Jessica Goudeau is a writer, scholar, entrepreneur, teacher, and editor. She is currently writing a book for Viking Books about refugees as they begin the resettlement process, slated for fall 2019. Her writing has appeared in The Atlantic, Washington Post, Teen Vogue, Huffington Post, Vox, Muftah, Image Journal, and Poetry Daily, among other places (see her Selected Publications page). She tweets as @jessica_goudeau and is on Facebook. She is represented by Mackenzie Brady Watson.
Jessica is currently working on a book about refugees in the throes of resettlement in Austin. If you want to support refugees, she recommends Syrian American Refugee Aid, Refugee Services of Texas, Multicultural Refugee Coalition, Caritas of Austin, and iAct as amazing places doing great work that are worthy of your volunteer time and definitely your donations.
In addition to writing a book, Jessica is launching a business with her husband Jonathan, Otter Pass, in September 2016. Otter Pass designs high-quality products for dads; 10% of the net proceeds from each sale will support nonprofits working with refugees and they hope to provide jobs for refugees as the company grows.
Jessica has a doctorate in literature from the University of Texas at Austin and served most recently as a Mellon Postdoctoral Fellow and Interim Writing Center Director at Southwestern University, where she also taught courses in literature and Feminist Studies. While she was in graduate school, she was also the executive director of Hill Country Hill Tribers, a non-profit working with Burmese refugee artisans living in Austin which she co-founded with her husband, Jonathan, and their friend, Caren George.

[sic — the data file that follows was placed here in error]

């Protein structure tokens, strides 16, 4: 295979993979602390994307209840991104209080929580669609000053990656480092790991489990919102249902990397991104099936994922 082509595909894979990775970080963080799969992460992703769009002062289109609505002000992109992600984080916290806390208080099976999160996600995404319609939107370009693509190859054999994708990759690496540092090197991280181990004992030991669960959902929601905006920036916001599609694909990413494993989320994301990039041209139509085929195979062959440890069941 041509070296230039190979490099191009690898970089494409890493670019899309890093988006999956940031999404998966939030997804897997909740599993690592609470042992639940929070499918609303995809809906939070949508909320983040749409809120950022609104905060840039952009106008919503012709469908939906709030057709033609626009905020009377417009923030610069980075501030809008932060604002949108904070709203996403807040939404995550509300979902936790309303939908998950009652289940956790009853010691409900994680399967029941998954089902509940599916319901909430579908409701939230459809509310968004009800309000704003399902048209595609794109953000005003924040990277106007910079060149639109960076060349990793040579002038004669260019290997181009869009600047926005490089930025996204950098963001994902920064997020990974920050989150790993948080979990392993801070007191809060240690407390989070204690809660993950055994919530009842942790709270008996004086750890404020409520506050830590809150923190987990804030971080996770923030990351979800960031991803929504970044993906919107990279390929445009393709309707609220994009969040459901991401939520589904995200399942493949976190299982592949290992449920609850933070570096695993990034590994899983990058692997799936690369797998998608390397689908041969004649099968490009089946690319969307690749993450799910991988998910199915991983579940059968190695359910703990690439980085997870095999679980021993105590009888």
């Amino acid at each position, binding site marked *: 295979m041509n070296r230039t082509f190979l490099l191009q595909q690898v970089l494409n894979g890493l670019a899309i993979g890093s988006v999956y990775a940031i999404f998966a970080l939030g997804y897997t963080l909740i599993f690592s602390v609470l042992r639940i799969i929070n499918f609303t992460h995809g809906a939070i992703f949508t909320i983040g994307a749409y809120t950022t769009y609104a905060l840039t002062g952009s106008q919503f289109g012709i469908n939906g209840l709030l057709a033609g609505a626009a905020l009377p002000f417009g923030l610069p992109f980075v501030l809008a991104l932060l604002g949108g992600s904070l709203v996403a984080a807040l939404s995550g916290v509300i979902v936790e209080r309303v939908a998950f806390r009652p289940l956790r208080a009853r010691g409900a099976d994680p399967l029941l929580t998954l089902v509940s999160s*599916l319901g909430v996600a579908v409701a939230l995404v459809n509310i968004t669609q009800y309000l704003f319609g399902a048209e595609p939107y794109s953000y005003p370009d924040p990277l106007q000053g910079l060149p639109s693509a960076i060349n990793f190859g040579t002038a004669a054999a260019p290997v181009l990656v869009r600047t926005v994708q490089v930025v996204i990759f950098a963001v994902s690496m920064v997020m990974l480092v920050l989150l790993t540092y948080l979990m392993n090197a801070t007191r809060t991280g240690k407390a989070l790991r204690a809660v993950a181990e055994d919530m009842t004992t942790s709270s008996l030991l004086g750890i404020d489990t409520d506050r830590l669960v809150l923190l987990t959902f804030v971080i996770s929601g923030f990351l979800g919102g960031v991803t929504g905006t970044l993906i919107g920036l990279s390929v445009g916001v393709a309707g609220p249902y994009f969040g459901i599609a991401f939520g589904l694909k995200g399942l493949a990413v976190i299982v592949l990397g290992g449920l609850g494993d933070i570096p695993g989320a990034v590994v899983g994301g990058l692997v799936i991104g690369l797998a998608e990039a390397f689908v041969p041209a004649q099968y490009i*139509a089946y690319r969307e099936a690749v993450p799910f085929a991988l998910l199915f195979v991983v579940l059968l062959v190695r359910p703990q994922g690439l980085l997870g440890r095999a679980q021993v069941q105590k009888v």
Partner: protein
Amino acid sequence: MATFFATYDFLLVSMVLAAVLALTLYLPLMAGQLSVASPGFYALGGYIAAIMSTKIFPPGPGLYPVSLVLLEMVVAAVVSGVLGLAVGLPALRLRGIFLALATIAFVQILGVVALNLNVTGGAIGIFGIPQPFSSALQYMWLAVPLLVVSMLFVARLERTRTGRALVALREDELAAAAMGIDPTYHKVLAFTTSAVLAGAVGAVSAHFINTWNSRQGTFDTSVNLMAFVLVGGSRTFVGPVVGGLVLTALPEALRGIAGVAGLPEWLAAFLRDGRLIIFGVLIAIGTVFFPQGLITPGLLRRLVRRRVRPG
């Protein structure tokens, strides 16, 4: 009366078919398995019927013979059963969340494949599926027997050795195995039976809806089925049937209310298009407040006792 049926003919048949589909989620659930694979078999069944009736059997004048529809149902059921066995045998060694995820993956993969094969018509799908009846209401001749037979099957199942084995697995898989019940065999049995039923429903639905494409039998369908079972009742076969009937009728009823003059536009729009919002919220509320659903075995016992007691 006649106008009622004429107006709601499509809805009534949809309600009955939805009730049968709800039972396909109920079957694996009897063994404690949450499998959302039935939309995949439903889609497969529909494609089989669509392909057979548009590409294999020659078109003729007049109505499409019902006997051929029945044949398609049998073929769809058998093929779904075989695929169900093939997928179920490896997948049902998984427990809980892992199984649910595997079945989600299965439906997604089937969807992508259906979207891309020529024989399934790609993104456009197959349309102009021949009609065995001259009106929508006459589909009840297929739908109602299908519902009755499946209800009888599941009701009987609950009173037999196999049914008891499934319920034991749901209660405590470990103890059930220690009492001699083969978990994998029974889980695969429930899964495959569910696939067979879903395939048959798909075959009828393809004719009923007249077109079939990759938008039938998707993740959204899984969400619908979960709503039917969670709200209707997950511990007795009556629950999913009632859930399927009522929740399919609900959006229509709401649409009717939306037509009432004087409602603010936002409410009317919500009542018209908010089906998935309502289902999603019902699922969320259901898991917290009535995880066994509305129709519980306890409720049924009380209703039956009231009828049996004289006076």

Her career has always been eclectic: she worked as an associate editor for the Dictionary of Literary Biography and she went through the Kafka-esque experience of trying to find rare Portuguese-language books at the Biblioteca Nacional de Chile, where books are organized by size (there are an amazing amount of 17th century French maritime books, all surprisingly small). She was also an associate editor at Texas Studies in Literature and Language (still one of her favorite jobs) and got to read fascinating articles on a variety of literature. Her dissertation examined issues of representations in mid-twentieth century inter-American poetry, particularly the way the poet Elizabeth Bishop wrote about Brazil. The six people who read it all agree it is the best dissertation on Elizabeth Bishop in Brazil that has been written in the last five years (or at least, one of three–it’s a toss-up). Occasionally Jessica still writes academic things, but increasingly rarely, though she still finds translating poetry relaxing, the way some people love crossword puzzles.
Jessica took several years to travel before getting her PhD, which she recommends to all of her students: Jessica and Jonathan lived abroad for years in Thailand, Brazil, and Chile, among other places. She speaks Portuguese and Spanish (and mixes the two in a nice blend of Portuñol). She’ll tell you she also speaks a little Thai and several phrases in various Burmese dialects, but really she can’t do much more than help you order good food or ask where the bathroom is. Once she bought some French CDs, which totally counts as “about to learn French.”